What are the symptoms of ADHD?

What are the symptoms of ADHD?

Children, teenagers and adults with ADHD have an ongoing pattern of three types of core behaviors:

  • Inattentiveness: Difficulty sustaining attention to tasks.
  • Impulsivity: Doing things on sudden urges, without thinking such as talking out in class, throwing a toy, or interrupting someone in conversation. In adults, the impulses may be irresponsible such as spending too much money.
  • Hyperactivity: Restlessness such as fidgeting, inability to stay seated when sitting is expected such as in church or school, moving or climbing when it’s inappropriate to do so.

Children, teens and adults with ADHD are diagnosed by the behavior pattern that is most actively present. The three most common ADHD presentations are Predominantly Inattentive, Predominantly Hyperactive/Impulsive and the combination of these types.

ADHD Predominantly Inattentive Presentation is defined by the following nine behaviors:

  • Fails to pay close attention to details or makes careless mistakes in schoolwork, at work or during other activities.
  • Has trouble paying attention during tasks or play.
  • Appears to not listen even when spoken to directly.
  • Has difficulty following through on instructions (for example, often fails to finish schoolwork, chores or other duties in the workplace).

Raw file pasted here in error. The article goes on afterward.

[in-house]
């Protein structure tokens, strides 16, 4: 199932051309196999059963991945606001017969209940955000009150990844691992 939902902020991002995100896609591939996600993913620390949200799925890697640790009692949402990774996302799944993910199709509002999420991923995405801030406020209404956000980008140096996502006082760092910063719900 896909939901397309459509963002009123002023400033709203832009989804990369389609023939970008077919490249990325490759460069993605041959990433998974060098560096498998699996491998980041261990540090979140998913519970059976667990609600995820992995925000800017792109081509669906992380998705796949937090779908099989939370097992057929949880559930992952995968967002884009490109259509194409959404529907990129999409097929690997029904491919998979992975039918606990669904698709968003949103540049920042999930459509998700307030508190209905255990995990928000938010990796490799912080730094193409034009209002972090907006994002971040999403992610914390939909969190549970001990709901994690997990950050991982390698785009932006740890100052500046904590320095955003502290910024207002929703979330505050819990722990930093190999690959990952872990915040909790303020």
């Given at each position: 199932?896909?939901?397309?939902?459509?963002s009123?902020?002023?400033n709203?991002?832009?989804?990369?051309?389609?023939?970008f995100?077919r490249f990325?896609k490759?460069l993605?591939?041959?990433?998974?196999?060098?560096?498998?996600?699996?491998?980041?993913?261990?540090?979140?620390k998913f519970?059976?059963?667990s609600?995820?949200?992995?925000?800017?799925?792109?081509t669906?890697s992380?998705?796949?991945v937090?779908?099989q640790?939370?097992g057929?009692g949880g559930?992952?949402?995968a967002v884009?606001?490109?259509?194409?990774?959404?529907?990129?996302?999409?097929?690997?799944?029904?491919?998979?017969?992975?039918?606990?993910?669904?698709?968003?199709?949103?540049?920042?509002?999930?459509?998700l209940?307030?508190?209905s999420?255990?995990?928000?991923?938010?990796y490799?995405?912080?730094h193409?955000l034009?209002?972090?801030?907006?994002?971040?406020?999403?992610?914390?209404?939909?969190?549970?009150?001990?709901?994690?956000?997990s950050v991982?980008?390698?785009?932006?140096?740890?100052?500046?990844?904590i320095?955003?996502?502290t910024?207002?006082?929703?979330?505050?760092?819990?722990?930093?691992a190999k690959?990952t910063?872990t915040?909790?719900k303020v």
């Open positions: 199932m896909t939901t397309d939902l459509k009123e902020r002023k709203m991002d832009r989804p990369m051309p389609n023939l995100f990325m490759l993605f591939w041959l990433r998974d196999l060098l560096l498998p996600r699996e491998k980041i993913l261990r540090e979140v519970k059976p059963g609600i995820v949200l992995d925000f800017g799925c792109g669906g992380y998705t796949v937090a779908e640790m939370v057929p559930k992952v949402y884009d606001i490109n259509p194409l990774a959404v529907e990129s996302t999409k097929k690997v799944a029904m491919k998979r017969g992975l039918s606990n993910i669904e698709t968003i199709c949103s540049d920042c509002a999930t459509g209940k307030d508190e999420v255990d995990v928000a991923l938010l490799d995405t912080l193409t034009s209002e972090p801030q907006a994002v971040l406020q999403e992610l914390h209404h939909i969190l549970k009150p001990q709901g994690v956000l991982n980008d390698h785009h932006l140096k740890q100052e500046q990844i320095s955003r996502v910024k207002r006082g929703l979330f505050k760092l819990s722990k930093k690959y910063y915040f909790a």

• Often has difficulty organizing tasks or activities.
  • Avoids or dislikes tasks that require continuous mental effort, such as schoolwork, homework or preparing reports, completing forms and reviewing lengthy papers.
  • Frequently loses needed items, such as books, pencils, tools, wallets/purses, keys, paperwork, phone and eyeglasses.
  • Can be easily distracted by actions or thoughts unrelated to the current task.
  • Is often forgetful in daily activities (such as doing chores, running errands, returning phone calls, paying bills and keeping appointments).

Behaviors of the ADHD Predominantly Hyperactivity/Impulsive type include:

  • Fidgets with or taps hands or feet or squirms frequently.
  • Leaves seat in the classroom or in the workplace when remaining seated is expected.
  • Runs or climbs excessively when it's not appropriate; constantly feels restless (if an adolescent or adult).
  • Has trouble playing or engaging in leisure activities quietly.
  • Always seems “on the go” or “driven by a motor.”
  • Talks too much.
  • Blurts out the answers before questions have been completely asked; older children may often finish sentences for others who are talking.
  • Frequently has trouble waiting for his or her turn.
  • Often interrupts or intrudes on others' conversations or games.

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